I thought it was time to expand my skill set, learn something new. So I signed up for a digital photography class through our local community center. “Maybe I can finally get out of auto mode,” I said to myself as I clicked to register. After learning camera basics for a few weeks, our instructor scheduled a night shoot. We all met downtown at the train station just before dusk.
We are all amateurs —an elderly chap whose wife is a former Broadway actress, the second grade school teacher and her best friend, the nice guy who sat next to me in class, and me. But standing together, each holding our cameras mounted on tripods, we looked important. And we attracted attention.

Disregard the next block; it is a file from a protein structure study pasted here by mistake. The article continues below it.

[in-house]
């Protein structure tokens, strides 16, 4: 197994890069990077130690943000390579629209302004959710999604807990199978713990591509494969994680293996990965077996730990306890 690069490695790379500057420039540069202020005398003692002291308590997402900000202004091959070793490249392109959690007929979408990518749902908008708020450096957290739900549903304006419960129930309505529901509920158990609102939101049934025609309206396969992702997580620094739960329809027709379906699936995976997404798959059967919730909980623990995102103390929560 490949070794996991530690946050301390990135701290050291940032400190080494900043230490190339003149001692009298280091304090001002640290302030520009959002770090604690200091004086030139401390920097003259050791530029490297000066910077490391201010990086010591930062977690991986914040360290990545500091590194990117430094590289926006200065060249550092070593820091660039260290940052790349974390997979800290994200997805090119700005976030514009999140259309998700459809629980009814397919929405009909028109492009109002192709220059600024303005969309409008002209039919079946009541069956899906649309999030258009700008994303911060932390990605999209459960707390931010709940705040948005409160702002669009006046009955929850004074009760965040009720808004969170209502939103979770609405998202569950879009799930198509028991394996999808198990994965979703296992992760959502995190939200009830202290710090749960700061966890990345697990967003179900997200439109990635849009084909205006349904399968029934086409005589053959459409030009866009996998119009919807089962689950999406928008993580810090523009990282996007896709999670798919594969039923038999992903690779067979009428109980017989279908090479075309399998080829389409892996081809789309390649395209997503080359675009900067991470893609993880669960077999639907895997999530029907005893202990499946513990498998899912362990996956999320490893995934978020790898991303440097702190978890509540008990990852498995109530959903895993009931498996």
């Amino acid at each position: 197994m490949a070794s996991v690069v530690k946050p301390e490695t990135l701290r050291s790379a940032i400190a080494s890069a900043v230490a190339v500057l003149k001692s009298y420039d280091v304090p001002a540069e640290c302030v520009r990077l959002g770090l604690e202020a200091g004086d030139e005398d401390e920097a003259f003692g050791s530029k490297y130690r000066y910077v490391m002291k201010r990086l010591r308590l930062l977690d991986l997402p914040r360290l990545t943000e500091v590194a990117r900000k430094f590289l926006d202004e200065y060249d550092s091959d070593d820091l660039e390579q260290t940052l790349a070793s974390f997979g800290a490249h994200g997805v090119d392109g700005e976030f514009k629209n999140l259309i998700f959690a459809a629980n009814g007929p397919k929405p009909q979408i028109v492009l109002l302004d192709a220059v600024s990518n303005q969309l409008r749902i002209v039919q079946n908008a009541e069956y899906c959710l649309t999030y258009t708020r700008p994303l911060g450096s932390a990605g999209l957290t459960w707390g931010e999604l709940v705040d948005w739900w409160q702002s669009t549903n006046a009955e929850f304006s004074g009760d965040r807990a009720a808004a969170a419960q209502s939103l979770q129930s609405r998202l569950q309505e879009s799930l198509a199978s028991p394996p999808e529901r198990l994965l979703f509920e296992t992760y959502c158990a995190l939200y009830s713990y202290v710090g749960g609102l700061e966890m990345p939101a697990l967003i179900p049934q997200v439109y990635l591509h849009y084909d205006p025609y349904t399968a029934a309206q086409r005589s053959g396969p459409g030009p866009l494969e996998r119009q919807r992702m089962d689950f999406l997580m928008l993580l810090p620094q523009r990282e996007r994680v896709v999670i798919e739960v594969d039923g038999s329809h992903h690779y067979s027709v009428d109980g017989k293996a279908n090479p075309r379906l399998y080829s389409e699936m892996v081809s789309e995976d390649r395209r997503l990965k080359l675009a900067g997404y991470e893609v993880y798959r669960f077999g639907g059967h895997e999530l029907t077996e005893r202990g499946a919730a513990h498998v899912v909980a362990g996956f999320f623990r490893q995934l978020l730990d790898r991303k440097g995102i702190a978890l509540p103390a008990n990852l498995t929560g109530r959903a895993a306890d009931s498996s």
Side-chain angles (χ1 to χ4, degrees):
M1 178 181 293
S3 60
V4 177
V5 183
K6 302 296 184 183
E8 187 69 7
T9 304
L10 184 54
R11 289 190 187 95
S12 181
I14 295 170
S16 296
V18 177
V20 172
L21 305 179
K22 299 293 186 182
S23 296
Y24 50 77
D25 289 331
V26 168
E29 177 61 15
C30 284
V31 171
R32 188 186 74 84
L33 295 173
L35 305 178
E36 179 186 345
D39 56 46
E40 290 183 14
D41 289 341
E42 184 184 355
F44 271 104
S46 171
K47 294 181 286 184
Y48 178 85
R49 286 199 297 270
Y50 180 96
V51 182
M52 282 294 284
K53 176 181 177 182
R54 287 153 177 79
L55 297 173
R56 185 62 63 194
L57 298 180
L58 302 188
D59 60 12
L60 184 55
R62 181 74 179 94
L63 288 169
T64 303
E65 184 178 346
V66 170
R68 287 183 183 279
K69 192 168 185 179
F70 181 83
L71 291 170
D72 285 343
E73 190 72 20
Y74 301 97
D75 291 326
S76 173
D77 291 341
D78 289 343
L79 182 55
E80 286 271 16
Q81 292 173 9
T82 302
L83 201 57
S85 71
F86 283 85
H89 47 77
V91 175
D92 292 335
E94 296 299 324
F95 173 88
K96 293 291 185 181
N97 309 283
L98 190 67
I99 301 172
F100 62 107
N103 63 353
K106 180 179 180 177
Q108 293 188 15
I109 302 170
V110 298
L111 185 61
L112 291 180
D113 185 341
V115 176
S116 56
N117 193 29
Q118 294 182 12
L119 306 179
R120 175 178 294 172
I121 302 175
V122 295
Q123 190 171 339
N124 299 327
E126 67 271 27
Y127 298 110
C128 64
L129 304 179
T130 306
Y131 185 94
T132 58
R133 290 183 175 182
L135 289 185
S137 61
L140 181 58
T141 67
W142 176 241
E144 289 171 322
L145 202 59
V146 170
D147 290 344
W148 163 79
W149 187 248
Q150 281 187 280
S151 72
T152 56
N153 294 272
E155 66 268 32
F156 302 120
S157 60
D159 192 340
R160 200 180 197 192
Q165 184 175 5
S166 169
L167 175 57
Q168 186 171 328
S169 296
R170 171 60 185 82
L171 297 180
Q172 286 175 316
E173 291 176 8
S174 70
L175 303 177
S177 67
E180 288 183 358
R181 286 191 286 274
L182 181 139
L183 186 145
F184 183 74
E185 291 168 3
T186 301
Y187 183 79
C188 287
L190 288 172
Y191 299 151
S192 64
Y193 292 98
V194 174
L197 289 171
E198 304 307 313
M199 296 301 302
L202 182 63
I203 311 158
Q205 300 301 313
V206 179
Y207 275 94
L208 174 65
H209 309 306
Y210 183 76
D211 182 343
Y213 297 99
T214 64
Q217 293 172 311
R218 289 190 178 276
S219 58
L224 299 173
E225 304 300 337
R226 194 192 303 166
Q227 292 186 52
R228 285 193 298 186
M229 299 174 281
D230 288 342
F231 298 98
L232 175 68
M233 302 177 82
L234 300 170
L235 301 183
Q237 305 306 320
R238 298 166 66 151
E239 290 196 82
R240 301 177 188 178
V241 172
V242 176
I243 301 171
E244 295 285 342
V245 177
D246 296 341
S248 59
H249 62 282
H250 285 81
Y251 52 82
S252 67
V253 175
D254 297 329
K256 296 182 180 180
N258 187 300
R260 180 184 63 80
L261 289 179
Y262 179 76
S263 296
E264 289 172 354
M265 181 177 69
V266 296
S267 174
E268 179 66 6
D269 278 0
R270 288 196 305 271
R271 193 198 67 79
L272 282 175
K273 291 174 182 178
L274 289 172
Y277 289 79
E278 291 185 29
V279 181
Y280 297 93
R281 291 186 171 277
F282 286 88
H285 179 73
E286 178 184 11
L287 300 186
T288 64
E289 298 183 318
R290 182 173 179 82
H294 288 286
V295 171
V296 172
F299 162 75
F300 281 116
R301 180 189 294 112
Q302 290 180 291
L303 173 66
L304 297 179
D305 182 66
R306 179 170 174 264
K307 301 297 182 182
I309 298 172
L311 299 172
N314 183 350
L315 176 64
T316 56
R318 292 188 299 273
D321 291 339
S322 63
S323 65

This group of young guys—looked like teens, maybe early 20s—called out to us to take their pictures.
“Look at me.”
“Take my photo!” “Take mine!”
They wanted to be noticed.
To feel important to someone.
While his friends posed and vamped like wangstas, he was cool, thoughtful, and reflective. Stylish too, in his bright red polo and a smart plaid cap.
I saw him.
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